Summer Thermocline Crappie
By Steve Welch
About mid- July once the water temps get into the eighties a thermocline starts to form and on Lake Shelbyville it is usually at about 15-18 feet slightly deeper in deeper water.
This along with an algae bloom along about the same time turns Lake Shelbyville into the very best crappie lake in the state bar none. Once the algae grows with the warm sunny days in July it gets heavy and sinks down to the thermocline where it is held up. The baitfish follow and so does the crappie, large mouth and just about anything that feeds on the gizzard shad in the lake.
Now the trick to catching these crappie is learn to follow wind patterns. Baitfish just roam out in the middle of the deep basins on the south end of the lake then a predominant southwest breeze pushes them over to the east banks and the boat traffic moves them from the center as well.
You now need a home for them to ambush the bait from. Any tree or brush pile that the top branches reach up into the thermocline will do. Bottom depth means nothing you need the top to be in the fifteen to seventeen foot range.
Now you need to learn how to fish the drift as I call it. I start by throwing a marker buoy right on top the brush and then move the boat off to the side. We then throw our specially made slip bobber rig slightly upwind and then watch it drift right over the top of the brush. If done properly you will see three or four corks all go down at once. Truly for a fishing guide a thing of beauty.
I use a specially made rod that is eight-foot in length so I can put the bobber stop just off the spool and do an underhand flip about twenty feet or so just upwind of the brush. On the reel I have fourteen-pound Fireline Crystal braided line with a quarter-ounce weight a bead to protect the knot. Then a barrel swivel and a leader made from Seagar Fluorocarbon line that is fifteen-pound test. A number two Tru-Turn hook and lastly a slip bobber big enough to hold everything up. The reason for the heavy set up is that you snag brush all day long but with the light wire hook you just bend it straight put on a another minnow and go again.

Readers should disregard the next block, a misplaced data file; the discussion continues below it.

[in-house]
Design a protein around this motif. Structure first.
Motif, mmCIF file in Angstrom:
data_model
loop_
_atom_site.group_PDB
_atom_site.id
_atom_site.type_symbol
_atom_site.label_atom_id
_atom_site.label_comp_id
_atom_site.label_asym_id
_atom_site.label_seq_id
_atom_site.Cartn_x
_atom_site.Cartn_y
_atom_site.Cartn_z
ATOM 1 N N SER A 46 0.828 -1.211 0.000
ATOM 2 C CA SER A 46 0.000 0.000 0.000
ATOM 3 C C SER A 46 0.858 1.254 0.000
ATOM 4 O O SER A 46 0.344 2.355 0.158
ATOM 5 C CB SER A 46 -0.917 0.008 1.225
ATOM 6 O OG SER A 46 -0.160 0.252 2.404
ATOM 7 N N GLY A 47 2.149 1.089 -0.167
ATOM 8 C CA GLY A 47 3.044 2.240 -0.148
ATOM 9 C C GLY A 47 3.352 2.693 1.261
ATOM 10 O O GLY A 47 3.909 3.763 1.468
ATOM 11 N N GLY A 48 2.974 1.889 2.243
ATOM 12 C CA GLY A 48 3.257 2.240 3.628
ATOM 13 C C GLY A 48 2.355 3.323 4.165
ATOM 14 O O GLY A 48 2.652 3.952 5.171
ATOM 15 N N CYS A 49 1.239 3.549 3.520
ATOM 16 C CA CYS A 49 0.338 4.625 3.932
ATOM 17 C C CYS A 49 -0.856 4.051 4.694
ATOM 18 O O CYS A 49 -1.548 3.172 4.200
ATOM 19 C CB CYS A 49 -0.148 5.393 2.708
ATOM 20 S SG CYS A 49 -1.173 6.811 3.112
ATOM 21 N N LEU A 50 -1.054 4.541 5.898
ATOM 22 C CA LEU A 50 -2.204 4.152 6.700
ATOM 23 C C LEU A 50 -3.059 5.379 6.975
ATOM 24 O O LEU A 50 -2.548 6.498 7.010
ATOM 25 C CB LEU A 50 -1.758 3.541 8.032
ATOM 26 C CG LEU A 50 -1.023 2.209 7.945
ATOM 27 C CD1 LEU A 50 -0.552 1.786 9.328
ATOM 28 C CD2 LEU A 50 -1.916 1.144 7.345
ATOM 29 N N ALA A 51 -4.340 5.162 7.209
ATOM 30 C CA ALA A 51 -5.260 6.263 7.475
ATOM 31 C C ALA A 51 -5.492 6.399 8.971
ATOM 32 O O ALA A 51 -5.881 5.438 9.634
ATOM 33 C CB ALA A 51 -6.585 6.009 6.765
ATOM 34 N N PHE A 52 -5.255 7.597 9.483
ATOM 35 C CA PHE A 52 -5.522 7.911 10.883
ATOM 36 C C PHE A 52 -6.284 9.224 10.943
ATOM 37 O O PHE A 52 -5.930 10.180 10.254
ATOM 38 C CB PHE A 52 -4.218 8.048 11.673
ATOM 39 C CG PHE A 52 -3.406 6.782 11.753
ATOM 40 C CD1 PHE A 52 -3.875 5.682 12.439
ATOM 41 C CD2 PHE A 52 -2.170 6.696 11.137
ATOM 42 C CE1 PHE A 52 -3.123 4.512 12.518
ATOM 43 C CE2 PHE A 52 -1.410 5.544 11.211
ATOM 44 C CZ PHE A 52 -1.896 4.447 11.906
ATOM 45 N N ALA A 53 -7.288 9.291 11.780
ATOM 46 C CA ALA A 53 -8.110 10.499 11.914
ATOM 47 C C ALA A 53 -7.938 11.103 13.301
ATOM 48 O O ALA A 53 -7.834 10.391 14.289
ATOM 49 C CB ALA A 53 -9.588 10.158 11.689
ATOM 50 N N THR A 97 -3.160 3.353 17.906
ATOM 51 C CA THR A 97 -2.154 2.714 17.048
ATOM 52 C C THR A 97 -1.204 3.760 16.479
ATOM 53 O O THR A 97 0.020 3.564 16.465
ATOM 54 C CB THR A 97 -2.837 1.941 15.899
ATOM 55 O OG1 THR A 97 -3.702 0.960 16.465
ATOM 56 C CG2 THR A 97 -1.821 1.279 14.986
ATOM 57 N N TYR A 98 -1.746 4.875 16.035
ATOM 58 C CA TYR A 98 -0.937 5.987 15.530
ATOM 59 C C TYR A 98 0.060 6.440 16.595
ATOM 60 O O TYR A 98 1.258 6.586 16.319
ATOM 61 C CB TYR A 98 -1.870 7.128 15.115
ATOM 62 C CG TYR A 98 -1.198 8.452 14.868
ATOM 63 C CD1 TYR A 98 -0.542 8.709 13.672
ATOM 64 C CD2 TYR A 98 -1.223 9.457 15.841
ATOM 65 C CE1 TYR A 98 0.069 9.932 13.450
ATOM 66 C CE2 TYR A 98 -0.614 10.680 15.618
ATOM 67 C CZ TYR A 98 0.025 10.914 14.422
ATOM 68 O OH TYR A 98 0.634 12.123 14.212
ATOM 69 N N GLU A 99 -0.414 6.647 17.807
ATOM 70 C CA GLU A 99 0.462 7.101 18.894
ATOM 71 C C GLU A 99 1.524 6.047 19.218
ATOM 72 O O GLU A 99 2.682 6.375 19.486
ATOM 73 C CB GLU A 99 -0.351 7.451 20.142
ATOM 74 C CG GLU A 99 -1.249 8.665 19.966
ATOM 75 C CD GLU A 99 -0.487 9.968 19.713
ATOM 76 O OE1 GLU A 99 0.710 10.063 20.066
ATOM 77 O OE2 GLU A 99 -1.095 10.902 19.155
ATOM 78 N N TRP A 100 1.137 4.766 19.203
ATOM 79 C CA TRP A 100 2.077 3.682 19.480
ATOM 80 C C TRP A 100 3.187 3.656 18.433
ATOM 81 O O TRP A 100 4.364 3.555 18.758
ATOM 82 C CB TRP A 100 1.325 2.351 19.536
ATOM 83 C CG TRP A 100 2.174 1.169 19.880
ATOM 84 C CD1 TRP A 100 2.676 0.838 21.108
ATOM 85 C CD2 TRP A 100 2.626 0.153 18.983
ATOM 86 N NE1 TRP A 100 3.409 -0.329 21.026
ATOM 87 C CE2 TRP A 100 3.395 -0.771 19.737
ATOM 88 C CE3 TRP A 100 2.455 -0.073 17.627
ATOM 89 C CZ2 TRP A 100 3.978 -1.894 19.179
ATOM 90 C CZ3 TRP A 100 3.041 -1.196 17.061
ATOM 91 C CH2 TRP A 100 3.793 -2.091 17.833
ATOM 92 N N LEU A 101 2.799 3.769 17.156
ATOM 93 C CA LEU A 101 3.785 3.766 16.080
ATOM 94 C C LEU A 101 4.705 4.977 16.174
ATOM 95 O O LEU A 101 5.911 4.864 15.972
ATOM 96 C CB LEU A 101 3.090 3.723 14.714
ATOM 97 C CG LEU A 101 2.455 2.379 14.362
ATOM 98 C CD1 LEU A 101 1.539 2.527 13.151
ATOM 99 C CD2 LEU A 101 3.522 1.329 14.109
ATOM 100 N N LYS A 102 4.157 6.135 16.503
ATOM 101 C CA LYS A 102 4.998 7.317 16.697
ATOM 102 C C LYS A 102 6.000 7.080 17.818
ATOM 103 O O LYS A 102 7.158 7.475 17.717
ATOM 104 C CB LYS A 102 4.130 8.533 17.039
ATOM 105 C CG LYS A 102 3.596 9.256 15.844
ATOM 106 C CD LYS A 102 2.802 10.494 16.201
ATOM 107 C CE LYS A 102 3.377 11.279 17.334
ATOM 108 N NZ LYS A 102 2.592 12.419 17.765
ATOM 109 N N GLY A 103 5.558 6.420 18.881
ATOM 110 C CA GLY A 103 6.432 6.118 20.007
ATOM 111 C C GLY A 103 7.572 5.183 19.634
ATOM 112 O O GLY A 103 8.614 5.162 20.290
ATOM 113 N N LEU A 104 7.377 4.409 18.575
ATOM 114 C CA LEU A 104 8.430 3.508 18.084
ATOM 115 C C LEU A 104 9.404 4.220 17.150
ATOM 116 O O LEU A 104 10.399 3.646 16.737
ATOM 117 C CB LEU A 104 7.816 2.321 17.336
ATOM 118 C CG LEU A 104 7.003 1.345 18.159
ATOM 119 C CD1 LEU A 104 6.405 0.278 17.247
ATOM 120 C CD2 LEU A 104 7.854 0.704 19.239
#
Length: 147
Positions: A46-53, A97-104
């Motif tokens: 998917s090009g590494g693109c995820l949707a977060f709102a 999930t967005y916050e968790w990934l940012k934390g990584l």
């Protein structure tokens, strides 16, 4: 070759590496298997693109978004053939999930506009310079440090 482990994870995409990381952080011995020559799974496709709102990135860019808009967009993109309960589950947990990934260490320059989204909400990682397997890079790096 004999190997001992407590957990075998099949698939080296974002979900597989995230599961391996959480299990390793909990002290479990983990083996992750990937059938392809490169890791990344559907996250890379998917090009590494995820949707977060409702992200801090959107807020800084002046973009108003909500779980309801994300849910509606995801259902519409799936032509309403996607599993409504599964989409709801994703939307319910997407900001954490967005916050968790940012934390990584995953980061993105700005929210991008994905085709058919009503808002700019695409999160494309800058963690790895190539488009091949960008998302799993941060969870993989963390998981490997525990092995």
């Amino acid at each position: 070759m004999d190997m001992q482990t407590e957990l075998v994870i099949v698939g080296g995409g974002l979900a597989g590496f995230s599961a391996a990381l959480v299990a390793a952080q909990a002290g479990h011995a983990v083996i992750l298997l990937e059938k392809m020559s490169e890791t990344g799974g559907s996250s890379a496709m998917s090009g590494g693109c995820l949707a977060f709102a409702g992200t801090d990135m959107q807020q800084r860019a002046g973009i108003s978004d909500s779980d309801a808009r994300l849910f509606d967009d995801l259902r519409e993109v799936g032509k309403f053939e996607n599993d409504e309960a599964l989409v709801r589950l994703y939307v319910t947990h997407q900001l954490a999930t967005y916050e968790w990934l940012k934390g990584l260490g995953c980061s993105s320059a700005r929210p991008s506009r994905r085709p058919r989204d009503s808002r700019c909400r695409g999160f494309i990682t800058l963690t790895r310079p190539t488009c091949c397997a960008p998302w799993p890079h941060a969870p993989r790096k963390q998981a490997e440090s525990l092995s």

Folks are always skeptical about catching crappie any other time than the spring but come away in amazement. We get our three or four person limit or forty-five or sixty each and every day all through late July all of August and most of September fishing this pattern. Plus we throw back as many as we keep so the action is really good.
Shelbyville is so good in the summer because of its depth the lake is nearly sixty-feet deep and the width allows a good breeze to not only push the bait but keep you from even feeling warm.
I have plenty of openings for this summertime fun so just go to my website and look at the front page for open dates and give me a call. While you are there look at my open dates for the fall Kentucky Lake trips.
I guide down there now about two months a year and the crappie are huge. This lake has enough current in it that no thermocline ever forms so we can catch the crappie all season long. By using some of the same patterns I use on Shelbyville. Channel bends on drops. We catch huge crappie pushing or exceeding two-pounds.